Spotlight on: Dog bite liability

Dog bite liability insurance

American households include almost 90 million dogs, according to the American Pet Products Association.

The Centers for Disease Control and Prevention estimates that about 4.5 million people are bitten by dogs each year in the U.S. Among children, the rate of dog-bite–related injuries is highest for those 5 to 9 years old. Over half of dog-bite injuries occur at home with dogs that are familiar to the victim.

Homeowners and renters insurance policies typically cover dog bite liability legal expenses, up to the liability limits (typically $100,000 to $300,000). If the claim exceeds the limit, the dog owner is responsible for all damages above that amount.

Dog bite liability and homeowners insurance

Some insurance companies will not insure homeowners who own certain breeds of dogs categorized as dangerous, such as pit bulls. Others decide on a case-by-case basis, depending on whether an individual dog, regardless of its breed has been deemed vicious. Some insurers do not ask the breed of a dog owned when writing or renewing homeowners insurance and do not track the breed of dogs involved in dog bite incidents. However, once a dog has bitten someone, it poses an increased risk. In that instance, the insurance company may charge a higher premium, non renew the homeowner’s insurance policy or exclude the dog from coverage.

Some insurers are taking steps to limit their exposure to such losses. Some companies require dog owners to sign liability waivers for dog bites, while others charge more for owners of breeds such as pit bulls and Rottweilers and others are not offering insurance to dog owners at all. Some will cover a pet if the owner takes the dog to classes aimed at modifying its behavior or if the dog is restrained with a muzzle, chain or cage.

 

Homeowners insurance liability claims

  • Liability claims related to dog bites and other dog-related injuries cost homeowners insurers $797 million in in 2019, according to the Insurance Information Institute (Triple-I) and State Farm®.
  • The number of dog bite claims nationwide rose to 17,802 in 2019 from 17,297 in 2018—a 2.9 percent decrease, according to an analysis of homeowners insurance data by the Triple-I.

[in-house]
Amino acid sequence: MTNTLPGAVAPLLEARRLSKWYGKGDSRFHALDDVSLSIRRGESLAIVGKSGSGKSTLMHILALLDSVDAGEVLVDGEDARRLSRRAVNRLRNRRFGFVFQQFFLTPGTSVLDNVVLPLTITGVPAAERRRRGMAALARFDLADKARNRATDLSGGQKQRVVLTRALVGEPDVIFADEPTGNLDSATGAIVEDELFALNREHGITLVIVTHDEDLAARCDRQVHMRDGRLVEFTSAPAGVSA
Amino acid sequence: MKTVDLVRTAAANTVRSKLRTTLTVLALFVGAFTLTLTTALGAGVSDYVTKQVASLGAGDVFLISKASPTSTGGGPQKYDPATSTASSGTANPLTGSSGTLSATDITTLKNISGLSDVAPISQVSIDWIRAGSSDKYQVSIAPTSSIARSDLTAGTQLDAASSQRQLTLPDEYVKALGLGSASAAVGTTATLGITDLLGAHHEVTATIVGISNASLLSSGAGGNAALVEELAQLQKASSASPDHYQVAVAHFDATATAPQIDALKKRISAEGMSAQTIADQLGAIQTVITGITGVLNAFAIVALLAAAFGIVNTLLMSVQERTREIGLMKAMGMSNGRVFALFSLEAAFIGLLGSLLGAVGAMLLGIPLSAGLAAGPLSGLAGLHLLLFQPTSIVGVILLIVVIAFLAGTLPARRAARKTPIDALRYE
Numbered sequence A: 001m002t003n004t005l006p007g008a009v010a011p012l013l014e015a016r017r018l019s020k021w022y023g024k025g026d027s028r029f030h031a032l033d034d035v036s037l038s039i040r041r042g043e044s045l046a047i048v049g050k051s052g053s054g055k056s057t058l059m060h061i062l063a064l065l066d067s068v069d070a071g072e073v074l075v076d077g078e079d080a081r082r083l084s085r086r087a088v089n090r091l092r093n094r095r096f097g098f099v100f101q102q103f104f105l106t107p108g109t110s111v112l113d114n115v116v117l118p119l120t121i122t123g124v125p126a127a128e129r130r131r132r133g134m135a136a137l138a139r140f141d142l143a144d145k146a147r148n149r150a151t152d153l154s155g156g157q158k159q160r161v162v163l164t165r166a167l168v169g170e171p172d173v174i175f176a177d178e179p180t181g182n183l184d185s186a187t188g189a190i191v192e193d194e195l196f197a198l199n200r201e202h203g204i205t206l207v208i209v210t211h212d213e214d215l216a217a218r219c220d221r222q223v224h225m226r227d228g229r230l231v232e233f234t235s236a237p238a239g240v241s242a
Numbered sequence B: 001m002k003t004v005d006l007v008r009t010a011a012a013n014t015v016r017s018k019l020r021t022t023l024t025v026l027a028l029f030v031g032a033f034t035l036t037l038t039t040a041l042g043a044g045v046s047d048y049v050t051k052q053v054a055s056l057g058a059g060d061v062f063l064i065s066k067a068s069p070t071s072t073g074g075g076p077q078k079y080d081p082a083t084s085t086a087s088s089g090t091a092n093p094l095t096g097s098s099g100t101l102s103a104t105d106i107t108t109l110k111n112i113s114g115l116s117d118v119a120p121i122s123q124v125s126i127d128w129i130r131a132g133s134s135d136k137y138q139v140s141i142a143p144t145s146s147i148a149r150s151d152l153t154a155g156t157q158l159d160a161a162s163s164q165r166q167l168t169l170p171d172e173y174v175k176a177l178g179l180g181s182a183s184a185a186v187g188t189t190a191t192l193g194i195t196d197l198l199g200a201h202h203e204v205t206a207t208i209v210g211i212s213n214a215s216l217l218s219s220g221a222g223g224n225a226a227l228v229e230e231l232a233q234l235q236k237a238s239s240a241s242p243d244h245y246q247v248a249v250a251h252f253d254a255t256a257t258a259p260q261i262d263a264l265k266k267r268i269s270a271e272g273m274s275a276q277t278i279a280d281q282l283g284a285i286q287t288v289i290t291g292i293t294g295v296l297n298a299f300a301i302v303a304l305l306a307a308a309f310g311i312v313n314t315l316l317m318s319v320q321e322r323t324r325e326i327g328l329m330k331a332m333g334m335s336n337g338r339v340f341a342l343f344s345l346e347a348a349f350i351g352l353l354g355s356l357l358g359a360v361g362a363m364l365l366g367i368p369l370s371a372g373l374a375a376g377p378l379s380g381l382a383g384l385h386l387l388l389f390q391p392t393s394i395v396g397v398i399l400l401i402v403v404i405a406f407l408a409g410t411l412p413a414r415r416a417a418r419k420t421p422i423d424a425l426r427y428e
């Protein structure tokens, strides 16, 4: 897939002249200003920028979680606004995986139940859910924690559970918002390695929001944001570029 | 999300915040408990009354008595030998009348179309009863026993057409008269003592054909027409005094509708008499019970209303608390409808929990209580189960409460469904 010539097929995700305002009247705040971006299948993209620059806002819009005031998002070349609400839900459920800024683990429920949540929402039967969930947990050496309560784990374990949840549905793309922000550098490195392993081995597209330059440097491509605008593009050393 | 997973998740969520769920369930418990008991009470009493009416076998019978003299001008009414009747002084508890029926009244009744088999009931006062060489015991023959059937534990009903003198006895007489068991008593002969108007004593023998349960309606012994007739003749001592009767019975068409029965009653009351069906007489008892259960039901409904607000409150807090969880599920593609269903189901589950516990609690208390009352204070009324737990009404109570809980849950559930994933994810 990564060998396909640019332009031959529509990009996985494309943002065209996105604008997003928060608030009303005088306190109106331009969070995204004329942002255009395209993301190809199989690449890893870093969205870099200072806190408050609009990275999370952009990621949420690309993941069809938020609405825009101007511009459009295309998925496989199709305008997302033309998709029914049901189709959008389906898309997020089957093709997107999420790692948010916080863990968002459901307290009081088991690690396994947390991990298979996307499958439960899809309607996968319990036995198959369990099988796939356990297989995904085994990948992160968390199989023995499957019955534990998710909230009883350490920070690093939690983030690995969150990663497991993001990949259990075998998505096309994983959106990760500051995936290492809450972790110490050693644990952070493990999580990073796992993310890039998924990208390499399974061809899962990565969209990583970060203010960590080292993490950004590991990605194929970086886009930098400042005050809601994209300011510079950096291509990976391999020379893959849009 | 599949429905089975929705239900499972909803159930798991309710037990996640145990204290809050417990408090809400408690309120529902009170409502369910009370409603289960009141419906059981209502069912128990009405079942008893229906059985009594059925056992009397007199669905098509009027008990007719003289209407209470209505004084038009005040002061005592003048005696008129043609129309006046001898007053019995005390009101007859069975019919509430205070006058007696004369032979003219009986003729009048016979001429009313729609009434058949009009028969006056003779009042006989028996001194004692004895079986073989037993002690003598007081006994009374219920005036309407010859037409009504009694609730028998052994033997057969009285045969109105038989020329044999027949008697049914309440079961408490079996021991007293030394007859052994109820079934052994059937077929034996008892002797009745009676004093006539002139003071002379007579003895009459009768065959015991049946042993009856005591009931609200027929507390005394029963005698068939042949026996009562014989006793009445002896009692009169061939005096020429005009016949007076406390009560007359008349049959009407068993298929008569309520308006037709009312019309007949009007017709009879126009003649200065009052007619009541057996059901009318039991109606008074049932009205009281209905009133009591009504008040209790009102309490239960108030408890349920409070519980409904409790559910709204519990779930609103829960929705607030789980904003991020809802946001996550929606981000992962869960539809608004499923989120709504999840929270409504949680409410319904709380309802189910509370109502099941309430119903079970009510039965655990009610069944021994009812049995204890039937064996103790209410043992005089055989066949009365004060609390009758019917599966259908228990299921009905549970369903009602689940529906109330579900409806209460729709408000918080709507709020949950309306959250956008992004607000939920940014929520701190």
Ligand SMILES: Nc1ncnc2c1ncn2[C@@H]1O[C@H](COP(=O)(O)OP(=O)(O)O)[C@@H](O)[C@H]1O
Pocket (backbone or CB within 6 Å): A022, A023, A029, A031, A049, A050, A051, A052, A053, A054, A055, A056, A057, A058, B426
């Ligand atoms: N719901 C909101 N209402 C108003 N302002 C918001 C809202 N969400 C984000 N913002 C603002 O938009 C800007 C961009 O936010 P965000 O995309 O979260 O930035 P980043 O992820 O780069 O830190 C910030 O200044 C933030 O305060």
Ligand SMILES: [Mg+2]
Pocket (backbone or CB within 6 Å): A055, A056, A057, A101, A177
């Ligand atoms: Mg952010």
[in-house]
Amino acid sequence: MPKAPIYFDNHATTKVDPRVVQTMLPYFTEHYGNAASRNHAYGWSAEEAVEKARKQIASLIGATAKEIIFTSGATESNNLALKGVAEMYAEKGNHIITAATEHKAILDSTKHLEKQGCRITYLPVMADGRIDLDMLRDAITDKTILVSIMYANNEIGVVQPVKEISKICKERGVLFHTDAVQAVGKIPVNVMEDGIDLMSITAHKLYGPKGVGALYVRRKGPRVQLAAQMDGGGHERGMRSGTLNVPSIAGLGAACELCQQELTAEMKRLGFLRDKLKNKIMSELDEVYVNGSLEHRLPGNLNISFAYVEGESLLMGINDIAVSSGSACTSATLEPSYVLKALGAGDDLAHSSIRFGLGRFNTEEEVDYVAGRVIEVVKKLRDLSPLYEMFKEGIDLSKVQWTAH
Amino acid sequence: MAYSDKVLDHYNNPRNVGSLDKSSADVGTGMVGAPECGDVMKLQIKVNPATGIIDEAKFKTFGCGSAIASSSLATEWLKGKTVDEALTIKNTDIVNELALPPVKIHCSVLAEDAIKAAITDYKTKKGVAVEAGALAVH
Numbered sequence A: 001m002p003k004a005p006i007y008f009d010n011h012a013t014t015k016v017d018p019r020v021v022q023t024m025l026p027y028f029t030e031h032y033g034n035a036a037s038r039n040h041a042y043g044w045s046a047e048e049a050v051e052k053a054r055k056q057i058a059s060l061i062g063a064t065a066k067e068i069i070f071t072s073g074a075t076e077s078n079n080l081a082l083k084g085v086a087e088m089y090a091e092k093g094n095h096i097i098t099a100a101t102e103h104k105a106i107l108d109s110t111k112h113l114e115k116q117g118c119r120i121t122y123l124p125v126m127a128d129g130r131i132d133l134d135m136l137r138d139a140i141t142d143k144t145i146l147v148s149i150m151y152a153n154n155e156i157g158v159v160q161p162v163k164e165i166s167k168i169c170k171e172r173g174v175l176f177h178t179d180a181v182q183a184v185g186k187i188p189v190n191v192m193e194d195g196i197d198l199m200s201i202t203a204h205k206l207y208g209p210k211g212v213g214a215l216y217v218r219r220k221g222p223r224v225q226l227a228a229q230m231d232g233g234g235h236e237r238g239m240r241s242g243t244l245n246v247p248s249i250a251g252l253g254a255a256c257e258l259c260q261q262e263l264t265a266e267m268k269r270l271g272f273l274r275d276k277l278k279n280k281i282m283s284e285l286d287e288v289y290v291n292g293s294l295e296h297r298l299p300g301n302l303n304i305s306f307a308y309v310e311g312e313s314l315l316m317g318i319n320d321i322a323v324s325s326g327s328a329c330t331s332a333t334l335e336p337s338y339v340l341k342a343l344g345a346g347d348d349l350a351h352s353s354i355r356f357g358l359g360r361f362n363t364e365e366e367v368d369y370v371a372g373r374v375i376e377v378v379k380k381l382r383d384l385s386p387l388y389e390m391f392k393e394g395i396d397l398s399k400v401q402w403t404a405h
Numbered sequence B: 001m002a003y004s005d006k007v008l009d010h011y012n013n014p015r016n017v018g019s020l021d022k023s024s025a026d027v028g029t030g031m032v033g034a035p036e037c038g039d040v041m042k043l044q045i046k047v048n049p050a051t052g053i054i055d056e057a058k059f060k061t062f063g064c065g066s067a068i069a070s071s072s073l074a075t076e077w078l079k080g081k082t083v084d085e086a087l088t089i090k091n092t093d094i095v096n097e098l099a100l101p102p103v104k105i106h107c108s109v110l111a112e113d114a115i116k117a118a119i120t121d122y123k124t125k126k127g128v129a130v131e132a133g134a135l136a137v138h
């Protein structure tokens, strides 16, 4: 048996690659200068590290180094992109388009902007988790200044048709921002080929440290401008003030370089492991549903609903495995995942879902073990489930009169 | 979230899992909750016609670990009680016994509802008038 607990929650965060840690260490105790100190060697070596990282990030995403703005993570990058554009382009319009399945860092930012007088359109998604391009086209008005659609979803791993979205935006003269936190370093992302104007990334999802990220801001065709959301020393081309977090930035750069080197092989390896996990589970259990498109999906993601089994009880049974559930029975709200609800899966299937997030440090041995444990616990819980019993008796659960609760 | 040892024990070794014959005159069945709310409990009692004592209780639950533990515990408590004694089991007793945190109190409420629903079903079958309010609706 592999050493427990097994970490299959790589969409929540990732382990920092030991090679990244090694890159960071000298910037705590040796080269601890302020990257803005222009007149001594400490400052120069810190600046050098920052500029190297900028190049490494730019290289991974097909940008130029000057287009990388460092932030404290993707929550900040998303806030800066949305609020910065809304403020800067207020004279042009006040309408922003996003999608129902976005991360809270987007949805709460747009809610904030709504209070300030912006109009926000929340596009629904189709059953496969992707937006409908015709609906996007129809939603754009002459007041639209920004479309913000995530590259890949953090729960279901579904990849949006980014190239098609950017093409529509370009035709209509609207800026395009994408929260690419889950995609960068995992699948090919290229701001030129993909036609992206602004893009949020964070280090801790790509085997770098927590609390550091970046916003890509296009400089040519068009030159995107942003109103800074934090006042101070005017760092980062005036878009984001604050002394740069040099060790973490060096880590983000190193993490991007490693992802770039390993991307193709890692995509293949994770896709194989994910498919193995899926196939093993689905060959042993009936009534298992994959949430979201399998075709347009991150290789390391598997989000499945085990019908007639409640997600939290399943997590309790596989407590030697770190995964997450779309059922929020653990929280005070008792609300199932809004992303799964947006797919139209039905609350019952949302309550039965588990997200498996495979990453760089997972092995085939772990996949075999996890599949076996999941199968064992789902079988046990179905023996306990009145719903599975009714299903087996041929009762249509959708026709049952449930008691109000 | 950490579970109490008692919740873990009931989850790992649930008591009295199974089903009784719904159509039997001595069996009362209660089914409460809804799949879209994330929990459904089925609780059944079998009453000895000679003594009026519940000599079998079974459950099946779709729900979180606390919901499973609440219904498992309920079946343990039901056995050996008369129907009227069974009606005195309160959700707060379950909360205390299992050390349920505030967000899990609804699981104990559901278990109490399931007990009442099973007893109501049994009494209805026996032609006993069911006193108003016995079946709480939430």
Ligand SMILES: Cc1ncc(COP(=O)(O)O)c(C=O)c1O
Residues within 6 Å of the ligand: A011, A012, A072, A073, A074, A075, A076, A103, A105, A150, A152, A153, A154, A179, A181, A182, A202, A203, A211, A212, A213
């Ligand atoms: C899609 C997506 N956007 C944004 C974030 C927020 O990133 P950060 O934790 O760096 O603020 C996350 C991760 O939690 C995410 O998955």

• The average cost per claim increased by 14.7 percent in 2019. The average cost paid out for dog bite claims nationwide was $44,760 in 2019 up from $39,017 in 2018. The average cost per claim nationally has risen 134 percent from 2003 to 2019, due to increased medical costs as well as the size of settlements, judgments and jury awards given to plaintiffs, which are trending upwards.
  • By state, California continued to have the largest number of claims in the United States, at 2,396 in 2019, up from 2,166 in 2018. The state with the second highest number of claims was Florida at 1,268. New York had the highest average cost per claim at $55,801. The trend in higher costs per claim is attributable not only to dog bites but also to dogs knocking down children, cyclists, the elderly, etc., which can result in injuries that impact the potential severity of the losses.

State and local legislation

Dog owners are liable for injuries their pets cause if the owner knew the dog had a tendency to bite. In some states, statutes make the owners liable whether or not they knew the dog had a tendency to bite; in others, owners can be held responsible only if they knew or should have known their dogs had a propensity to bite. Some states and municipalities have “breed specific” statutes that identify breeds such as pit bulls as dangerous; in others individual dogs can be designated as vicious. At least two states, Pennsylvania and Michigan, have laws that prohibit insurers from canceling or denying coverage to the owners of particular dog breeds. In Ohio, for example, owners of dogs that have been classified as vicious are required to purchase at least $100,000 of liability insurance.

The American Kennel Club reports that while many municipalities have enacted bans on specific breeds, several states have laws barring municipalities and counties from targeting individual breeds.

  • Dog owners’ liability: There are three kinds of law that impose liability on owners:
    1) A dog-bite statute: where the dog owner is automatically liable for any injury or property damage the dog causes without provocation.
    2) The one-bite rule: where the dog owner is responsible for an injury caused by a dog if the owner knew the dog was likely to cause that type of injury—in this case, the victim must prove the owner knew the dog was dangerous.
    3) Negligence laws: where the dog owner is liable if the injury occurred because the dog owner was unreasonably careless (negligent) in controlling the dog.
  • Criminal penalties: Dog owners could be charged with serious crimes if their dogs attack and severely injure people. In a 2002 California case, a woman and her husband were tried for second-degree murder after their Presa Canario dogs attacked and killed a neighbor. The woman was convicted of second-degree murder and her husband was convicted of involuntary manslaughter. This was only the third time that dog owners were tried for murder in the U.S. The first case was in Kansas in 1997.

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